University of Sussex
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Living the archive: race, music and place at the Africa Centre (1960-2000)

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Version 2 2024-05-07, 08:08
Version 1 2023-06-09, 18:21
posted on 2024-05-07, 08:08 authored by Etienne Joseph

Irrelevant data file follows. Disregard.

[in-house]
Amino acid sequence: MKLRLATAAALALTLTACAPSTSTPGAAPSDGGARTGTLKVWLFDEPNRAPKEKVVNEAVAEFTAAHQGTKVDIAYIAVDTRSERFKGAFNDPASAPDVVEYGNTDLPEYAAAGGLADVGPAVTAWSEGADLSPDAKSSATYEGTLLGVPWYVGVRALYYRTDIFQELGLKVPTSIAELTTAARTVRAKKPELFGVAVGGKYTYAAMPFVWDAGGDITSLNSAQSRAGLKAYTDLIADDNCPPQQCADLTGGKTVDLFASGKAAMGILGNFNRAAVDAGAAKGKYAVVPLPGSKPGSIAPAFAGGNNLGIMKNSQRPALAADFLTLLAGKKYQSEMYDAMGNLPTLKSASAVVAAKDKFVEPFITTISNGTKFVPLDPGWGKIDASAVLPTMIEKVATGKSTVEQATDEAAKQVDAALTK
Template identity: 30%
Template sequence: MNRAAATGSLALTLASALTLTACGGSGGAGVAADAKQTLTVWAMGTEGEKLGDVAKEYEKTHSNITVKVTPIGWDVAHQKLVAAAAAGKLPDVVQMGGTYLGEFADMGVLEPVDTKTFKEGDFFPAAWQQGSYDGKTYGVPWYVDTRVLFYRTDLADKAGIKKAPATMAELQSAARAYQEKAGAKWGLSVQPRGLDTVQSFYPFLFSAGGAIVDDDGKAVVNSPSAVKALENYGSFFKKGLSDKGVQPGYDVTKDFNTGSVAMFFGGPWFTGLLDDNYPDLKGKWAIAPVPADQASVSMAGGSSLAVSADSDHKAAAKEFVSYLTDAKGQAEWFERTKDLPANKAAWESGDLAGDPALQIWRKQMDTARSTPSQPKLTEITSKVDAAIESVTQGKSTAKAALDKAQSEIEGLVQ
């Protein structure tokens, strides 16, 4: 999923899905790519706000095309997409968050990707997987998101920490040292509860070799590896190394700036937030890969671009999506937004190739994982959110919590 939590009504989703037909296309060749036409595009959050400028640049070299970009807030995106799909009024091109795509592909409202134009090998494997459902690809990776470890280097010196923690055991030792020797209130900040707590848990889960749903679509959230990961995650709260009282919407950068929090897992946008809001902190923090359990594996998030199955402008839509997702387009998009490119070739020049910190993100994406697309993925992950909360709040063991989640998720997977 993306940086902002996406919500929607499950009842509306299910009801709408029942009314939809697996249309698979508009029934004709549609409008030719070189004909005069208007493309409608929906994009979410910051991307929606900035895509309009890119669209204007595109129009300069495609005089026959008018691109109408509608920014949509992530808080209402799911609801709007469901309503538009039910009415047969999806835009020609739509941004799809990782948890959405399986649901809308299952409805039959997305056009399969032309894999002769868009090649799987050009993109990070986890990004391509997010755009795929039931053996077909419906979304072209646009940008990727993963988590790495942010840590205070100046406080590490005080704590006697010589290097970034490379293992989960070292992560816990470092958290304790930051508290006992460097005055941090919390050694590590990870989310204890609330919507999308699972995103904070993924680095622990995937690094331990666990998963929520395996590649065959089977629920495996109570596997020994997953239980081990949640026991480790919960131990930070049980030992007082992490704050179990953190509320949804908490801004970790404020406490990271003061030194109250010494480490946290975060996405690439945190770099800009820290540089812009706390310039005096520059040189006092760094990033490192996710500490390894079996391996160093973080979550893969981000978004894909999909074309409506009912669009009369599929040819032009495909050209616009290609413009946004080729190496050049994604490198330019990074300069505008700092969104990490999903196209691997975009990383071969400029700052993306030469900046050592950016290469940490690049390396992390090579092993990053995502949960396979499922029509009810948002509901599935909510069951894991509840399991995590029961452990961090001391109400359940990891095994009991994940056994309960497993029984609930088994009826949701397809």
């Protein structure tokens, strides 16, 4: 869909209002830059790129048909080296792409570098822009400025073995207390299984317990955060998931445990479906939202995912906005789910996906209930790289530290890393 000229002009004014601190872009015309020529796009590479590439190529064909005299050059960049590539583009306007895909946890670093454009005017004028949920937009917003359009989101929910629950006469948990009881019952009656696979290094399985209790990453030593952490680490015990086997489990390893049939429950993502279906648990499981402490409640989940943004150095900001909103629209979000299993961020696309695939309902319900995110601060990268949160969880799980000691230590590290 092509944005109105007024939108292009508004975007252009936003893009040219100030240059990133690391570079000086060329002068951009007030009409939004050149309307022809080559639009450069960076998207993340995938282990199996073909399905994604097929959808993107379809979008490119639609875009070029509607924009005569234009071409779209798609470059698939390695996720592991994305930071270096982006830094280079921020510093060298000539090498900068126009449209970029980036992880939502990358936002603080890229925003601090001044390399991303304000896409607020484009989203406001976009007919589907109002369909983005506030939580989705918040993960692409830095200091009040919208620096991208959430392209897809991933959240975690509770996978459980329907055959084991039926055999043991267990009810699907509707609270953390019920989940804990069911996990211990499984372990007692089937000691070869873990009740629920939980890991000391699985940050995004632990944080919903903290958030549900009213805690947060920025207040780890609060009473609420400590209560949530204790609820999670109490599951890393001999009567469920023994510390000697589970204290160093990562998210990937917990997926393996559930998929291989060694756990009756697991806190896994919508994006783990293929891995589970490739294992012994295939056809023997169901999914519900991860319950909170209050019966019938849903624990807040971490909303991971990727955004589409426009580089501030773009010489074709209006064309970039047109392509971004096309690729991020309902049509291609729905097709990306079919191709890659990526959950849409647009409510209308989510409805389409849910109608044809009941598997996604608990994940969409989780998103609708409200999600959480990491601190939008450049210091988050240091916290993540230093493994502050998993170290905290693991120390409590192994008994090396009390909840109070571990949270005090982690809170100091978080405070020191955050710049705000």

This thesis argues that a ‘living archive’ is a dynamic and generative entity whose creative abilities are shaped as much through human mediation and embodied memory as by the material it collects and its broader cultural milieu. The overarching research question asks how the notion of a living archive can be developed conceptually and practically for the archives of the musical space at London’s Africa Centre – an Africafocussed community organisation active in the UK for over 50 years. Stuart Hall’s notion of the ‘pre-history’ of an archive is invoked as a means of understanding this particular archive, and its capacity for activation. The thesis finds, through the analysis of semi-structured interviews and archival texts, that pan-Africanism was central to the Centre’s history, memory and material archive, but treats the concept as contested and shaped by multiple understandings. It further asserts that the Africa Centre was remembered as a gendered, multicultural, convivial and cosmopolitan space in whose shaping music played a varying role. The memory of the affects of the musical spaces of the Africa Centre are recognised as a vital factor in the understanding of the Centre’s archive. The study offers a particular, and at the time of writing, unique insight into the developing postcolonial relationships between Africa, its diaspora and those interested in African cultures. Inspired by the lived experience of key ontological figures in the fashioning of the musical space at the Africa Centre, the research methodologies themselves were guided by Jamaican Dub techniques and ideas of remix and reperformance. The research advances the theories of living archive offered by Stuart Hall and others in new and fruitful directions, specifically, through pan-African, and decolonial elaborations.


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